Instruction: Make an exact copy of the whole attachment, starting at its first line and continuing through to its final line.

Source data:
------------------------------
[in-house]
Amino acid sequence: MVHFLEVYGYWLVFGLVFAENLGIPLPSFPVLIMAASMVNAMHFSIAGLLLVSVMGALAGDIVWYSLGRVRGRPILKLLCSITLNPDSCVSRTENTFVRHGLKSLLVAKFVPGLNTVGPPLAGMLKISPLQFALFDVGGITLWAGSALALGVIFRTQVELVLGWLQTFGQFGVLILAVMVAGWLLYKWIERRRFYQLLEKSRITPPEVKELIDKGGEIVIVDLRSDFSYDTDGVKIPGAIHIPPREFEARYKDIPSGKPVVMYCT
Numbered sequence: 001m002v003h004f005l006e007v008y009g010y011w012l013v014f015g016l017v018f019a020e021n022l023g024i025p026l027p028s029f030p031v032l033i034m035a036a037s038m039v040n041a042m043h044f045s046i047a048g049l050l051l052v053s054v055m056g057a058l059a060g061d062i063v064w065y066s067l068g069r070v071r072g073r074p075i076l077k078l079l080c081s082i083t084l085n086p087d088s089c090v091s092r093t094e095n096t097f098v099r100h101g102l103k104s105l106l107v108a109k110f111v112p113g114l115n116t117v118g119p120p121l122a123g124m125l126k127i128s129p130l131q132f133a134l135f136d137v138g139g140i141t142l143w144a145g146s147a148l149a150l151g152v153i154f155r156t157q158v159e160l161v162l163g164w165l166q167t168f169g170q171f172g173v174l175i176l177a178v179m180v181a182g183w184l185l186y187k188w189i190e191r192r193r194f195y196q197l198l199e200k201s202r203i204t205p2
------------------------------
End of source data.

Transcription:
[in-house]
Amino acid sequence: MVHFLEVYGYWLVFGLVFAENLGIPLPSFPVLIMAASMVNAMHFSIAGLLLVSVMGALAGDIVWYSLGRVRGRPILKLLCSITLNPDSCVSRTENTFVRHGLKSLLVAKFVPGLNTVGPPLAGMLKISPLQFALFDVGGITLWAGSALALGVIFRTQVELVLGWLQTFGQFGVLILAVMVAGWLLYKWIERRRFYQLLEKSRITPPEVKELIDKGGEIVIVDLRSDFSYDTDGVKIPGAIHIPPREFEARYKDIPSGKPVVMYCT
Numbered sequence: 001m002v003h004f005l006e007v008y009g010y011w012l013v014f015g016l017v018f019a020e021n022l023g024i025p026l027p028s029f030p031v032l033i034m035a036a037s038m039v040n041a042m043h044f045s046i047a048g049l050l051l052v053s054v055m056g057a058l059a060g061d062i063v064w065y066s067l068g069r070v071r072g073r074p075i076l077k078l079l080c081s082i083t084l085n086p087d088s089c090v091s092r093t094e095n096t097f098v099r100h101g102l103k104s105l106l107v108a109k110f111v112p113g114l115n116t117v118g119p120p121l122a123g124m125l126k127i128s129p130l131q132f133a134l135f136d137v138g139g140i141t142l143w144a145g146s147a148l149a150l151g152v153i154f155r156t157q158v159e160l161v162l163g164w165l166q167t168f169g170q171f172g173v174l175i176l177a178v179m180v181a182g183w184l185l186y187k188w189i190e191r192r193r194f195y196q197l198l199e200k201s202r203i204t205p2